Don't let the name trick you. Charlie & Margot is one man - one man who has, finally, decided to go things on his own.
Joyride is Matteo DeBenedetti's debut record, one that has been a longtime coming. After years cutting his teeth in various bands, Matteo decided to step into the spotlight and launch his own solo project. The result? Charlie & Margot and an absolutely stellar first record.
Matteo took some chat to chat with us about going solo for this artistic endeavour!
One of your singles, 'lonely', was written about self-evaluation about a time of isolation - quarantine - and the months that followed. How much of this album, Joyride, was born out of those quarantine times?
That's a good question. It's more indirect than anything. I was playing in another band, and the quarantine era sorta proved to be the death of that band which led to me starting this. So it's indirectly related.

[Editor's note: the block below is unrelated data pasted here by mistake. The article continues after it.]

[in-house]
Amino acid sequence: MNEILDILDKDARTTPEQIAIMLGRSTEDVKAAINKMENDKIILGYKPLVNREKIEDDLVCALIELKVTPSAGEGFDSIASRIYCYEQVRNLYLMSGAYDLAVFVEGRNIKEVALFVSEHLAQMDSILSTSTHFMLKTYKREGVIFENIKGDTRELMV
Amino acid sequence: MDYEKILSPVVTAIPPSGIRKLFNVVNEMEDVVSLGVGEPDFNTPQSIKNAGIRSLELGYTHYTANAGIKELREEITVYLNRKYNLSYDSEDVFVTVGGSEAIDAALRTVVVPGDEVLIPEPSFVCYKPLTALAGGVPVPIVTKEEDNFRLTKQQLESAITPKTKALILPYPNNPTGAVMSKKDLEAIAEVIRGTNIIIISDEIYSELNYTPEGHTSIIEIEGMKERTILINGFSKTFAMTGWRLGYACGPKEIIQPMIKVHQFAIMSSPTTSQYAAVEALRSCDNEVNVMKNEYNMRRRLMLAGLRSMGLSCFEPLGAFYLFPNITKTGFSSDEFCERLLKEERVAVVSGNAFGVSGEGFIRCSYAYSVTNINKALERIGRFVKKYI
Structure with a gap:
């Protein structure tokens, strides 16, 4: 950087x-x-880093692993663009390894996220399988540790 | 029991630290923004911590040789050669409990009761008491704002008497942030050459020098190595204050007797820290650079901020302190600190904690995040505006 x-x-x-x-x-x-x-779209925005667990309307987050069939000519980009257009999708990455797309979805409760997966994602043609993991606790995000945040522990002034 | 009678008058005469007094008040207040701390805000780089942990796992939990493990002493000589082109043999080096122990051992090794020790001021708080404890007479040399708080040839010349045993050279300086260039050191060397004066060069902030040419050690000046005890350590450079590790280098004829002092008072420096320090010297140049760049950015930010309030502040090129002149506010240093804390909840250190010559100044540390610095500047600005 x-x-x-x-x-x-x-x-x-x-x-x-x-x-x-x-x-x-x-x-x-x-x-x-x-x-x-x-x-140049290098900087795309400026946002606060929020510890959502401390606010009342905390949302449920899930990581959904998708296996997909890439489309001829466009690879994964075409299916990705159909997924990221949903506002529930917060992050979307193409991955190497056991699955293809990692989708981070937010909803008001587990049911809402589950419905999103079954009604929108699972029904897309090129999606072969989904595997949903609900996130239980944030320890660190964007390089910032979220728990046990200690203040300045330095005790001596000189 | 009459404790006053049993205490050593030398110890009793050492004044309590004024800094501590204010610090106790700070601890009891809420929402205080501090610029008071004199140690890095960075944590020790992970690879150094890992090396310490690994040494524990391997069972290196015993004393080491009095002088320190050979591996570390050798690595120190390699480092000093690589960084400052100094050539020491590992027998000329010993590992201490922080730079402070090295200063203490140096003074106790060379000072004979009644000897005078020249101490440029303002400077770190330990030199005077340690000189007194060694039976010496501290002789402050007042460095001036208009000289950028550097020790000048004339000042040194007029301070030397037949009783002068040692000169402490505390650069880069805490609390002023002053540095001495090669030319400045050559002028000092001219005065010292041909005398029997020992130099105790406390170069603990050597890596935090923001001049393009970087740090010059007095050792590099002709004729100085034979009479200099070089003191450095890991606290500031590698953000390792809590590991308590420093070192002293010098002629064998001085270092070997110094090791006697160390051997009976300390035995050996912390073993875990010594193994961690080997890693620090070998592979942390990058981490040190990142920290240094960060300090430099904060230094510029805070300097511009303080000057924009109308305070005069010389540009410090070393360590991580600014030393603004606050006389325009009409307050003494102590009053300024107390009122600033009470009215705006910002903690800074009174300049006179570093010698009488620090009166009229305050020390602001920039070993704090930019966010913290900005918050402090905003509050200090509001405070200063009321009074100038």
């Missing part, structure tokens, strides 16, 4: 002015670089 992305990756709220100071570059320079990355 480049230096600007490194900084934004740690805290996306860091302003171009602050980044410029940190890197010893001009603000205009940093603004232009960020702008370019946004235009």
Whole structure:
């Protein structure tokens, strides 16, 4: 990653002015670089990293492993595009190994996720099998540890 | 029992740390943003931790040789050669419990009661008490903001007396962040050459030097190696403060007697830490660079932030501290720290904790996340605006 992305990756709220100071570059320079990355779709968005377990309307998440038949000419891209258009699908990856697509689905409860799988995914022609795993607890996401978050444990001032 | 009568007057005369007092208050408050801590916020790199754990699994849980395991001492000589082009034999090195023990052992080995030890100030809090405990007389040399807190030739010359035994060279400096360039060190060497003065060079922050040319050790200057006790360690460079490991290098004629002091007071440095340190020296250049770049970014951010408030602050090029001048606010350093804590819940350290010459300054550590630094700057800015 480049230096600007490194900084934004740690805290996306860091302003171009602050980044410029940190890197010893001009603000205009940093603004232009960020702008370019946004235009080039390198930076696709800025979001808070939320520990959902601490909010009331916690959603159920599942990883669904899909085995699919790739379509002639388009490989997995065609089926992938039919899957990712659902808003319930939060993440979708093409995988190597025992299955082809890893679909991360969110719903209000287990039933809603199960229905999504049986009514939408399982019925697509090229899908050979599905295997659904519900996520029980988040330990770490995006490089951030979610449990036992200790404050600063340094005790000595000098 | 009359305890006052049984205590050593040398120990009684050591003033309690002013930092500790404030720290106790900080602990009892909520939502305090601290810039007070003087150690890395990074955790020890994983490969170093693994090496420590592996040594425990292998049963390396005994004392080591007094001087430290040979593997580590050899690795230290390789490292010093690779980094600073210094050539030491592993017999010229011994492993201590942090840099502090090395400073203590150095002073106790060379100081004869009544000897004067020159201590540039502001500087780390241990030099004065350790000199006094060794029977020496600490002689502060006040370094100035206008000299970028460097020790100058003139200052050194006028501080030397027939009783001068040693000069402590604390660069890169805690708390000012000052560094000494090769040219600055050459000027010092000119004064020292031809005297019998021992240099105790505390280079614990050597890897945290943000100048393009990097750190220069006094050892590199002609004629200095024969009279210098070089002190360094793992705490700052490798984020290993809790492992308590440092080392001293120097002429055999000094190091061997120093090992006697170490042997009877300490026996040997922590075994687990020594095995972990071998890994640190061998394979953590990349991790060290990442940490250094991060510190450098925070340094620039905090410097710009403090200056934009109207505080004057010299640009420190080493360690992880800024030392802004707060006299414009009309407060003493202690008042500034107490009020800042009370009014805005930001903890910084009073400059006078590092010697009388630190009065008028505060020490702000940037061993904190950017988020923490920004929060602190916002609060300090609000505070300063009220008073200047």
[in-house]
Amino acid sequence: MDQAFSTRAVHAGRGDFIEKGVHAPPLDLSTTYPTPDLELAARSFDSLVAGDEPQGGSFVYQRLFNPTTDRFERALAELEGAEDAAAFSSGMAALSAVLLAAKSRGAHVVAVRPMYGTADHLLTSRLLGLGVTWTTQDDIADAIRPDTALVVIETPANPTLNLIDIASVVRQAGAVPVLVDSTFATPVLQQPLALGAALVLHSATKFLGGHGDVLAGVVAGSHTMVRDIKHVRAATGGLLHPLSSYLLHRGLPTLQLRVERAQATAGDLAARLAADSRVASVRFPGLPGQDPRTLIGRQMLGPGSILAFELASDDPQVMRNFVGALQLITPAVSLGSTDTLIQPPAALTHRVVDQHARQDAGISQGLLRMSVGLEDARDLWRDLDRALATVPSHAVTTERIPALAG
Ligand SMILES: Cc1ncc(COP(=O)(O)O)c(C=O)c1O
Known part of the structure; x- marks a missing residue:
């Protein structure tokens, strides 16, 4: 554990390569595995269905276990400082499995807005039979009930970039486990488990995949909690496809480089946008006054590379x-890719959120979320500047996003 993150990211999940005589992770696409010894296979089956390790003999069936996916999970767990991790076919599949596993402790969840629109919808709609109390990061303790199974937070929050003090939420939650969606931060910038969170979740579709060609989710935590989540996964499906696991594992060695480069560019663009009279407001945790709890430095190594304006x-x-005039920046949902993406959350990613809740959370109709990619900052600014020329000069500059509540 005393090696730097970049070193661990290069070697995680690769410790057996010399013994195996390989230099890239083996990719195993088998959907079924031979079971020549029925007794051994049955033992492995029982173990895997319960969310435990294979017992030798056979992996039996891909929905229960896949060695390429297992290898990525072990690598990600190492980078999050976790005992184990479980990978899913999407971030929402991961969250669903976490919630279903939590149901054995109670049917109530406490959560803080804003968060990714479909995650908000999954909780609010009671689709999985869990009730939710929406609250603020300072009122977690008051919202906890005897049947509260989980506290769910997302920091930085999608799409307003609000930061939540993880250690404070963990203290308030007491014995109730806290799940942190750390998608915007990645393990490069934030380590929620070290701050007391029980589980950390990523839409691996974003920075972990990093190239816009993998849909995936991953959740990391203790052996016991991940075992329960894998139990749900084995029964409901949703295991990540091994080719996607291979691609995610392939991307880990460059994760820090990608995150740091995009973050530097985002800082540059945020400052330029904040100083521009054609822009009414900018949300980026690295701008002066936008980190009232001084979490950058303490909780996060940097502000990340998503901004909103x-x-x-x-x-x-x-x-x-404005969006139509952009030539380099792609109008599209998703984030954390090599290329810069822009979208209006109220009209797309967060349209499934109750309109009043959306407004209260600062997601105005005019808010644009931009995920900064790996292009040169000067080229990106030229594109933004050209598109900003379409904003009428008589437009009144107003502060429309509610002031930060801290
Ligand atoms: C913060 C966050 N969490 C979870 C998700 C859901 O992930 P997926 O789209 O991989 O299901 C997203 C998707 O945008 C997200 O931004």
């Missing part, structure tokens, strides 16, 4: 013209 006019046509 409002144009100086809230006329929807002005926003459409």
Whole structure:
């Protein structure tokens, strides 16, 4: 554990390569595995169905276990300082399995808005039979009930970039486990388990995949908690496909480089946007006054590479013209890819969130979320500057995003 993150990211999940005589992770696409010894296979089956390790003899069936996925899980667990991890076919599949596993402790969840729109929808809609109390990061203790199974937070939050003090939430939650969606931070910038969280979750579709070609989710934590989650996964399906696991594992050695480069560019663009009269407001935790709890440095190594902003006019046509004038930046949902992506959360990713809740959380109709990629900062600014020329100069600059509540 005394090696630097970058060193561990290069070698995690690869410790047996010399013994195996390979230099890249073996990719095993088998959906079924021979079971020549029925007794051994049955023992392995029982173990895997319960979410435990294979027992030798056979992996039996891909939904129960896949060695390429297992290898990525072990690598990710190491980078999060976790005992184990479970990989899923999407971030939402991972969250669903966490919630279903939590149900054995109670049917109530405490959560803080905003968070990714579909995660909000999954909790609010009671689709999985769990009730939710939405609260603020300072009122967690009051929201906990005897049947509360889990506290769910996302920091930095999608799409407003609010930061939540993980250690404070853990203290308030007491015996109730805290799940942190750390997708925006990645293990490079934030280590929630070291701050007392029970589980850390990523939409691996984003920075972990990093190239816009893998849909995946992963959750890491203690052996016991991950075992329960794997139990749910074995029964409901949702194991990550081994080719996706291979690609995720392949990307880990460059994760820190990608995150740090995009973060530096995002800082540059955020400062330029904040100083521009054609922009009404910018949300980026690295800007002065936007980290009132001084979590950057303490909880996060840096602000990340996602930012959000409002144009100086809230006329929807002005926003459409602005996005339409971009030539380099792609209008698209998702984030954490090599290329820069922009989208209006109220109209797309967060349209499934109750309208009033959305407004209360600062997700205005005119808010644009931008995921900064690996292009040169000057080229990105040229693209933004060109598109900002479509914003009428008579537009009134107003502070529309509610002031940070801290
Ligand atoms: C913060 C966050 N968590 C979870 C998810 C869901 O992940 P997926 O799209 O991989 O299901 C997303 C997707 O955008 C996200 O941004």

Covid-19 and everything that came with it was incredibly transformative for me and my whole life, being an artist and learning what it means to take time and self-evaluate [which] I had a lot of time to do. In a lot of ways, it had a lot to do with the way these songs were written but none of them were, per se, written during quarantine.
Something that I was going through during that time and [something] that song is heavily influenced by is that my wife and I, for the entire duration of our relationship, the norm was for me to be away for a few weeks, touring and travelling. When that moment in time happened, I was obviously forced to be at home. It was so weird. It was the first time in our relationship where we were just together all the time. I didn't know what that was like because I was so used to not having that be the case.
Do you ever feel apprehensive about sharing those songs that show those more vulnerable feelings and experiences? Those personal sort of songs?